My mother was keen on sending me to the United States for higher studies as she wanted me to have the finest education and have new experiences outside of my comfort zone. My family always pushed me to dream big. With my mother’s hardwork and support, I made it to the United States for higher education. It was exciting in the beginning because of all the new exposures, however they can soon become overwhelming making you feel anxious as you’re constantly trying to adapt and discern the cultural differences. To add to that, things like doing all of your own household chores, managing your finances, foreign visa issues, competitive job market, job security, missing family and special occasions make up the day-to-day struggles in life. Adversity can come in different forms and the worst part of that is not having your family close to you. The life lessons taught by my parents have shaped me to become stronger and thrive in adversity. My dad taught me that we can’t control what happens to us but we can control how we respond. I’ve seen my dad accepting problems and overcoming obstacles like a hero. My mother finds faith in God to recognize and accept her emotions. Watching them flourish through growing pains has inherently made me adopt similar practices in my life. Praying religiously and breaking through barriers with confidence has helped me navigate through painful times.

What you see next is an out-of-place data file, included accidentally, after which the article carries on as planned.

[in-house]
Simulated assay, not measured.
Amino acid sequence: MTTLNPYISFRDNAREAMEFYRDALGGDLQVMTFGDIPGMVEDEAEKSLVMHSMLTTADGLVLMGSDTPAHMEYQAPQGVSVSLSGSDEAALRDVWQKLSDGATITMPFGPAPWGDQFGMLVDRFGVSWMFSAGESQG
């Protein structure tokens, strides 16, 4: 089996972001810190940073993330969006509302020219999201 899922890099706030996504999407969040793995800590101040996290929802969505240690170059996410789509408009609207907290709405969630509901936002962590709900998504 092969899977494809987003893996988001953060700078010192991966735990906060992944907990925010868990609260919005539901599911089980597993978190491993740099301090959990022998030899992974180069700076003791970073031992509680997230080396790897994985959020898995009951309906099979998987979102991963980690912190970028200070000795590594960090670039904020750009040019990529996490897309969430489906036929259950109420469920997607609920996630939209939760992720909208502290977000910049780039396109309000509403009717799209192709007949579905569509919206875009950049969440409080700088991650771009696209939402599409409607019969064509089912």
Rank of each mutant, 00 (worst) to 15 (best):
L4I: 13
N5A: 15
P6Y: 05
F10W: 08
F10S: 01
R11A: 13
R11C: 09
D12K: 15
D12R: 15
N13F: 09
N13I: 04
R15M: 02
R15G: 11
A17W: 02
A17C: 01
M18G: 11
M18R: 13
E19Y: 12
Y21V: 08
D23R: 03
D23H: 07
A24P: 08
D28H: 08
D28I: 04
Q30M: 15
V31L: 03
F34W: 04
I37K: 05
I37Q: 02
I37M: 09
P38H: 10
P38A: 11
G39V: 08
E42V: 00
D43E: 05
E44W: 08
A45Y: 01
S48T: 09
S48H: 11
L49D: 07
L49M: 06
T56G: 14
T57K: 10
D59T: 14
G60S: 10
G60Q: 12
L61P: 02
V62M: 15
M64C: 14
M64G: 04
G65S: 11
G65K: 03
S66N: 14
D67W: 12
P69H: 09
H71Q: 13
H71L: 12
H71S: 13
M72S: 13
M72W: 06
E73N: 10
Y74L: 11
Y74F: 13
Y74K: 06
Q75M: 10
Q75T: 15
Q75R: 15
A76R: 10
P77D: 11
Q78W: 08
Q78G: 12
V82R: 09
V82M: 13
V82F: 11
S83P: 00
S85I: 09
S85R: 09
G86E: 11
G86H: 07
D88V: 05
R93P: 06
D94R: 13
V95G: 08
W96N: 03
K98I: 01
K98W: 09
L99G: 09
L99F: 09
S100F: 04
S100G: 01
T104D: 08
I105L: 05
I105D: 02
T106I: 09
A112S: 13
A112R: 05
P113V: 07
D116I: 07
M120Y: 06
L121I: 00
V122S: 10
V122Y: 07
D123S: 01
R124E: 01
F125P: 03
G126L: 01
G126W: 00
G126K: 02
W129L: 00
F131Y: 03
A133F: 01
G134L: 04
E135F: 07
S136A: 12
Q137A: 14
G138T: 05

As I keep growing and meeting people from all different walks of life, I will never forget the past feelings that bind me with my family, the experiences that the society put me through and all the wonderful mentors, teachers and friends who intrinsically moulded my life. Remembering my roots and my family’s pride, keeps me going everyday. It motivates me to be fearless, passionate and determined.
I’d encourage everyone to take a moment to remember your beautiful past, think about your roots and how far you’ve come. As long as you keep building and remembering, you’re growing. Celebrate life and own your story!!